The only thing certain in the Key West political debacle that centers on the unruly, much missing-in-action Monroe County Commissioner Eddie Martinez is that its resolutions will shape the Key West community for decades.
So, while I’d rather be hanging holly, let’s wade into today’s political stew, see if I can find some middle ground magic and then let’s go back to those warm, fuzzy, totally exhilarating highs from last Saturday’s Christmas parade. Or holiday parade, if you prefer. Makes no never mind to me.
First up, the “man-with-more-questions-than-answers,” Monroe County Commissioner for Key West, Eddie Martinez. On Tuesday, Dec. 7, Martinez resigned his position on the county commission, citing health issues and leaving to Florida Gov. Ron DeSantis the choice of who will replace him until the special election in 2022.
Martinez’s resignation caps a year of turmoil in District 3, which includes all of Old Town Key West. His resignation beat by hours an almost guaranteed call from his fellow commissioners for his resignation, suspension or removal. A vote on the resolution was expected to come on Dec. 8. The plans for that resolution followed Martinez’s arrest in Hialeah on Nov. 30, on charges of domestic violence against his wife.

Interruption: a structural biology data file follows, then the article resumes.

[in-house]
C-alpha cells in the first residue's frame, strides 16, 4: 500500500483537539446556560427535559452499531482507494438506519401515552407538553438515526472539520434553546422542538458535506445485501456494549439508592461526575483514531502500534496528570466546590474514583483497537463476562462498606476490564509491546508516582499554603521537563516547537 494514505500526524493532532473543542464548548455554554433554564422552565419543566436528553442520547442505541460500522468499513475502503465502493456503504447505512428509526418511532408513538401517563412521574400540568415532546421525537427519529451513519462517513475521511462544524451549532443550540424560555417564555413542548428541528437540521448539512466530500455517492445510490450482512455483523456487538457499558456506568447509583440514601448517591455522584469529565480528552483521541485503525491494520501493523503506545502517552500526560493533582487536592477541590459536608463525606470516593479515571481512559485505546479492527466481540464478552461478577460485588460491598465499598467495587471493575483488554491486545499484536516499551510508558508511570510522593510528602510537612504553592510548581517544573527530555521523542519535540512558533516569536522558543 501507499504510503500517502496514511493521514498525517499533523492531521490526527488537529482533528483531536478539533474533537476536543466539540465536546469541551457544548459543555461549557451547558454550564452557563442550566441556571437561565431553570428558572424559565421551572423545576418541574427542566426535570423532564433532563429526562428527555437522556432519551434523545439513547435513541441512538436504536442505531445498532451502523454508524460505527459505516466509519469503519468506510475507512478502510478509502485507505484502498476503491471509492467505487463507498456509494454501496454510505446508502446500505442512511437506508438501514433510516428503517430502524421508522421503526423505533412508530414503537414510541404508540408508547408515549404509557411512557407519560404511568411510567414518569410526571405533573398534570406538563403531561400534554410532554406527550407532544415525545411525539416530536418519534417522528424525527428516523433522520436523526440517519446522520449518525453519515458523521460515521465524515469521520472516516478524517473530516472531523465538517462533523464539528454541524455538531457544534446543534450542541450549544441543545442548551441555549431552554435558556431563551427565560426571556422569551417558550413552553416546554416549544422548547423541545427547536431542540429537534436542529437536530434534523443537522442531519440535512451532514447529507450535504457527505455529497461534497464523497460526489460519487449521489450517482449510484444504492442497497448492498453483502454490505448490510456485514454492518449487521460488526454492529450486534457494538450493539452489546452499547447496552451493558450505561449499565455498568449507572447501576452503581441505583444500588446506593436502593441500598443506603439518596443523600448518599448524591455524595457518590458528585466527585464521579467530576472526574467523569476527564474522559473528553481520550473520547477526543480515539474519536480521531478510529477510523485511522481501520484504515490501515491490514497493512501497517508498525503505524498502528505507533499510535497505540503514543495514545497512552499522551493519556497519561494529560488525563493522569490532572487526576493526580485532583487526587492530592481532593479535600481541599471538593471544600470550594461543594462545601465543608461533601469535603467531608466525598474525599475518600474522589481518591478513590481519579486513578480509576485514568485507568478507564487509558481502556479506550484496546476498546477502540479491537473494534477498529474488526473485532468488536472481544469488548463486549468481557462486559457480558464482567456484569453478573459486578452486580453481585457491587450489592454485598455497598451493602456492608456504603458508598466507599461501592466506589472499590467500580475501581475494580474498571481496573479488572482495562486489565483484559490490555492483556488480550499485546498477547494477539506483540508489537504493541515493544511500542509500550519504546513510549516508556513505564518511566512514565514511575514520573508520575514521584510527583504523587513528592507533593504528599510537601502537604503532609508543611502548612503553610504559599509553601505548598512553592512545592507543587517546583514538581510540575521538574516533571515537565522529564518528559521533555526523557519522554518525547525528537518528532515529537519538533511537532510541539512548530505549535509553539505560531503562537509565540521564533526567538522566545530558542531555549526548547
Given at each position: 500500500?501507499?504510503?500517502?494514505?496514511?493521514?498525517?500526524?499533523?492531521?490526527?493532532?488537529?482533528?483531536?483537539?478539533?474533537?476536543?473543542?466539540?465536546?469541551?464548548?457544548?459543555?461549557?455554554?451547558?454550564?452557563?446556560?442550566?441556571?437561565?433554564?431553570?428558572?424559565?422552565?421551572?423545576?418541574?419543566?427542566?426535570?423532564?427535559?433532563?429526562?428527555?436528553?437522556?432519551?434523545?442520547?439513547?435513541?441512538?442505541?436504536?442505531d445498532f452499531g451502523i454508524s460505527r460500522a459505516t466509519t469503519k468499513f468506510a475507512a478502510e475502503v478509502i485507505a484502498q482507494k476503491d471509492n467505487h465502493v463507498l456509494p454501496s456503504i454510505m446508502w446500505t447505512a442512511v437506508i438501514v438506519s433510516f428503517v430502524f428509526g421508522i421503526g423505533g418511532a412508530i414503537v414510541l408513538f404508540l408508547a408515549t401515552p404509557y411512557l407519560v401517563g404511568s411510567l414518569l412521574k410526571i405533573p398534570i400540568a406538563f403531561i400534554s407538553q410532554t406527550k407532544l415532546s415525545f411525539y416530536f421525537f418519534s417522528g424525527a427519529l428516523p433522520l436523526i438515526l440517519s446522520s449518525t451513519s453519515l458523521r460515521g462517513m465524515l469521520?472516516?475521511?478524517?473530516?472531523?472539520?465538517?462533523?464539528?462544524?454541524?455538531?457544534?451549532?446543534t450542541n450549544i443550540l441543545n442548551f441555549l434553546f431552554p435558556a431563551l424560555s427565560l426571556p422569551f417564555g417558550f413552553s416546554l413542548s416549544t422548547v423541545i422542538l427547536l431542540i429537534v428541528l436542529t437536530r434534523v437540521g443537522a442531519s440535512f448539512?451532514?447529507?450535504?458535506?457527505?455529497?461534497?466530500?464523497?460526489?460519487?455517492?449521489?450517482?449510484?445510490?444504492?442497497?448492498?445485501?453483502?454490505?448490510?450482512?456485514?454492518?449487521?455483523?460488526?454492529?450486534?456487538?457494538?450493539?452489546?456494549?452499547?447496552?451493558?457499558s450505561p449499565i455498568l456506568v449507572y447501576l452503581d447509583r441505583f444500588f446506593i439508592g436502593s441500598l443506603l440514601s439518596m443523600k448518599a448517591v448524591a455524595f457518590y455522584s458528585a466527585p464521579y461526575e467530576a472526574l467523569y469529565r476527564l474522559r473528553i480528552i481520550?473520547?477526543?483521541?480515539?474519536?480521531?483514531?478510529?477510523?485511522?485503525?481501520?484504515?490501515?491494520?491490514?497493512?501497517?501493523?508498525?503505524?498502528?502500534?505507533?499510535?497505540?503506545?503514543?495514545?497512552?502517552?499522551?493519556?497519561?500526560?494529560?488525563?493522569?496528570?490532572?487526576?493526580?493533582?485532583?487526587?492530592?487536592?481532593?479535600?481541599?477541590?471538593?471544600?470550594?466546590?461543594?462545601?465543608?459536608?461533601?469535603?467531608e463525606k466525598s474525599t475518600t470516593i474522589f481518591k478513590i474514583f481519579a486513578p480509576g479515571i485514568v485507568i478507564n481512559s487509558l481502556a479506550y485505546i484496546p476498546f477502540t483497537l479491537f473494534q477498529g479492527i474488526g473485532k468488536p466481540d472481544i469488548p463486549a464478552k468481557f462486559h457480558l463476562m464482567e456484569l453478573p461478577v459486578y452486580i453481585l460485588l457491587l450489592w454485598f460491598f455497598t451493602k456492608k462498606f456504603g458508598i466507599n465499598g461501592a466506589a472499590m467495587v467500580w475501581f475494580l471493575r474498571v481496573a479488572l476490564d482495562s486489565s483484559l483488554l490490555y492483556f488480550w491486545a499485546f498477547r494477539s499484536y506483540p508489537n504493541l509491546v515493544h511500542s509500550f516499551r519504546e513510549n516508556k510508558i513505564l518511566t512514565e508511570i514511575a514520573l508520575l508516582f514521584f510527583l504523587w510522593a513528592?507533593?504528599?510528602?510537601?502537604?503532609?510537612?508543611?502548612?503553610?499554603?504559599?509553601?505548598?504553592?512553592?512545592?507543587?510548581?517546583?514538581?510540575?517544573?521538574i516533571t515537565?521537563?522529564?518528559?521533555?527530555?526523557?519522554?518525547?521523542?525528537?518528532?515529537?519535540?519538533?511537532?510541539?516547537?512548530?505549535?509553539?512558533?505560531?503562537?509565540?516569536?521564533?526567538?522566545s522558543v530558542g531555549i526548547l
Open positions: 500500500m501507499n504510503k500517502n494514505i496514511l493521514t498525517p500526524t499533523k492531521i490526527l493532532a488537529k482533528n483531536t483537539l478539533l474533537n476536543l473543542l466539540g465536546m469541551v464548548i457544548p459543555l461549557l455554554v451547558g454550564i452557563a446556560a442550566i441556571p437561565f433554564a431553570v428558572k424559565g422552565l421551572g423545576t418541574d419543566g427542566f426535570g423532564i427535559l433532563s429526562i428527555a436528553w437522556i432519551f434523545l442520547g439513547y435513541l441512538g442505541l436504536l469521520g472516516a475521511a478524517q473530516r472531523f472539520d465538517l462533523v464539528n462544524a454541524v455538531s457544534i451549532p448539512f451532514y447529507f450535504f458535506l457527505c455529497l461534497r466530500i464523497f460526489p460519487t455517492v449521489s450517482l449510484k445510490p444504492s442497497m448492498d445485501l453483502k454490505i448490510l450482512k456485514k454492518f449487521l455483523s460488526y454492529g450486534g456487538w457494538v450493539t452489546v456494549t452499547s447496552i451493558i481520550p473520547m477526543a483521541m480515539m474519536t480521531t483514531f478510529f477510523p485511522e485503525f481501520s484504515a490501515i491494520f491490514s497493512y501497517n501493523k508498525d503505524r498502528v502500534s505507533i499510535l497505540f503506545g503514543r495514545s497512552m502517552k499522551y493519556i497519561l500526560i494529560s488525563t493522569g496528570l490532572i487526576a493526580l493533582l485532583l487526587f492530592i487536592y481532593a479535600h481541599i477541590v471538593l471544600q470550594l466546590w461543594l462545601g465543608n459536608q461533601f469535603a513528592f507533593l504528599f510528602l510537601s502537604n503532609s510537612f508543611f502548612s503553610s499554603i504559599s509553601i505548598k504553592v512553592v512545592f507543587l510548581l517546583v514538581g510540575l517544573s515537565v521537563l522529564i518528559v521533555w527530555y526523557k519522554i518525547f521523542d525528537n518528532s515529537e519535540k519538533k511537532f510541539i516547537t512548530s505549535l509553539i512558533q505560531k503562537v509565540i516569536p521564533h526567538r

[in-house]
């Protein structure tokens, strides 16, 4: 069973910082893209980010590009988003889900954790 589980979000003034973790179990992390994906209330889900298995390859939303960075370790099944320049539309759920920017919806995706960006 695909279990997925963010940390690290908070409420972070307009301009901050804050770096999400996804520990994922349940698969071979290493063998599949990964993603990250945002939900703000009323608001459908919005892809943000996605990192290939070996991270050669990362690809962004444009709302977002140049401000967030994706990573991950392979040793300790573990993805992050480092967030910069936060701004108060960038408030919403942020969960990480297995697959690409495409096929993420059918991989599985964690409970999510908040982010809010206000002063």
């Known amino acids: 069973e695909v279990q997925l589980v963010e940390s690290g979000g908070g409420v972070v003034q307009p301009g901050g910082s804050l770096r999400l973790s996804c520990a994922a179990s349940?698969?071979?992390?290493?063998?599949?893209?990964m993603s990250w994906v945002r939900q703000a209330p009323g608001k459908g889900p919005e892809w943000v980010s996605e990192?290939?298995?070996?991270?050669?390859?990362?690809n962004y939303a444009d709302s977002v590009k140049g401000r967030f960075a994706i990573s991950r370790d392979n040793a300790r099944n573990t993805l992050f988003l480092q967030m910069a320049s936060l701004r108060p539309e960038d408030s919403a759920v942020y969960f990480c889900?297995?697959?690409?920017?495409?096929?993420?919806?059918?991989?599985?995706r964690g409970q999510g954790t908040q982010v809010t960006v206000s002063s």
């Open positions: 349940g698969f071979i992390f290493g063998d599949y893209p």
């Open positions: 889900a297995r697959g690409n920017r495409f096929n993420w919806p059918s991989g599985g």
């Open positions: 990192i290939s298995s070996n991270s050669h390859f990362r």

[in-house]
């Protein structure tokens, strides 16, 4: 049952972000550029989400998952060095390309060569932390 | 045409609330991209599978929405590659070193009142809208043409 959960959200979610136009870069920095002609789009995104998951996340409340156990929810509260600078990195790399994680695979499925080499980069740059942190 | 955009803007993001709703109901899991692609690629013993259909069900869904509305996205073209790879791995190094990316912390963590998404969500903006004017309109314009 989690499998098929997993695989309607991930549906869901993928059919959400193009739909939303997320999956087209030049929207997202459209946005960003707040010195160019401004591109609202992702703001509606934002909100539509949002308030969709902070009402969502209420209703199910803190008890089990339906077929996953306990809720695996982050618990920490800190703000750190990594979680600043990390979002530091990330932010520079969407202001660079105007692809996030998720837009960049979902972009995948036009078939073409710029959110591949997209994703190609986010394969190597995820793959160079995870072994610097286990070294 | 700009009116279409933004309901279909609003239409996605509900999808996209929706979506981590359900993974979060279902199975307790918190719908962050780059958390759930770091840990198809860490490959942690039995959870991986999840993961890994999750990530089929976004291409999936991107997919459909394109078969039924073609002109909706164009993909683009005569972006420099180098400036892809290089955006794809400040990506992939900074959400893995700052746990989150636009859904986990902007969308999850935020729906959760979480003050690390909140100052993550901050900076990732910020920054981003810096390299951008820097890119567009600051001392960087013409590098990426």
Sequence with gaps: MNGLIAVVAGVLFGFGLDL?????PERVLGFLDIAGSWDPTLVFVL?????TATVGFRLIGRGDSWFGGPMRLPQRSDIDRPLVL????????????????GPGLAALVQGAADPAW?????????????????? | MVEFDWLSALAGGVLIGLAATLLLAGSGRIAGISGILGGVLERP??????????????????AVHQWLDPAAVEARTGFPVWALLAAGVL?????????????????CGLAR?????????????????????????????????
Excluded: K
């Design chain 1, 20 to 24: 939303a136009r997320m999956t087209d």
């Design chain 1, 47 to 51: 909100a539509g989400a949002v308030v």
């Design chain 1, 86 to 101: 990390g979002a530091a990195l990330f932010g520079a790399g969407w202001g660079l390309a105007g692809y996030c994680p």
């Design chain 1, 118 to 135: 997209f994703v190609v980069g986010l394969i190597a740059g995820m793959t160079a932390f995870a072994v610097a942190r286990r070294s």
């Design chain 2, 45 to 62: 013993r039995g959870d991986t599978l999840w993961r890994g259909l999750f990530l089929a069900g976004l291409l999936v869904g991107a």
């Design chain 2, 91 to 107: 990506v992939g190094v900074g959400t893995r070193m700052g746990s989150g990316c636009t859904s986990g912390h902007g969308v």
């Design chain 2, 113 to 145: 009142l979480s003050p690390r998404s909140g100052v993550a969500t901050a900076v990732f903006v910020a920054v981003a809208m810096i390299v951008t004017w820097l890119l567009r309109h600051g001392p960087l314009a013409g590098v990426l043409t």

Only Commissioner Craig Cates appeared to be reluctant to support the resolution, saying he wanted to follow “due process.” Not sure what he meant, but since Cates has long been close to Florida Gov. Ron DeSantis and only DeSantis can decide what happens to Martinez, if he had not resigned, perhaps Cates was awaiting further information from the guy in Tallahassee.
What happened to Key West commissioner?
Martinez, who is supposed to represent Key West on the county commission, is no stranger to controversial headlines. In November 2020, the Republican political novice with no name recognition in Key West and pretty much none throughout the county rode the coattails of straight ticket Republican voters to a victory over long-time incumbent, Democrat Heather Carruthers.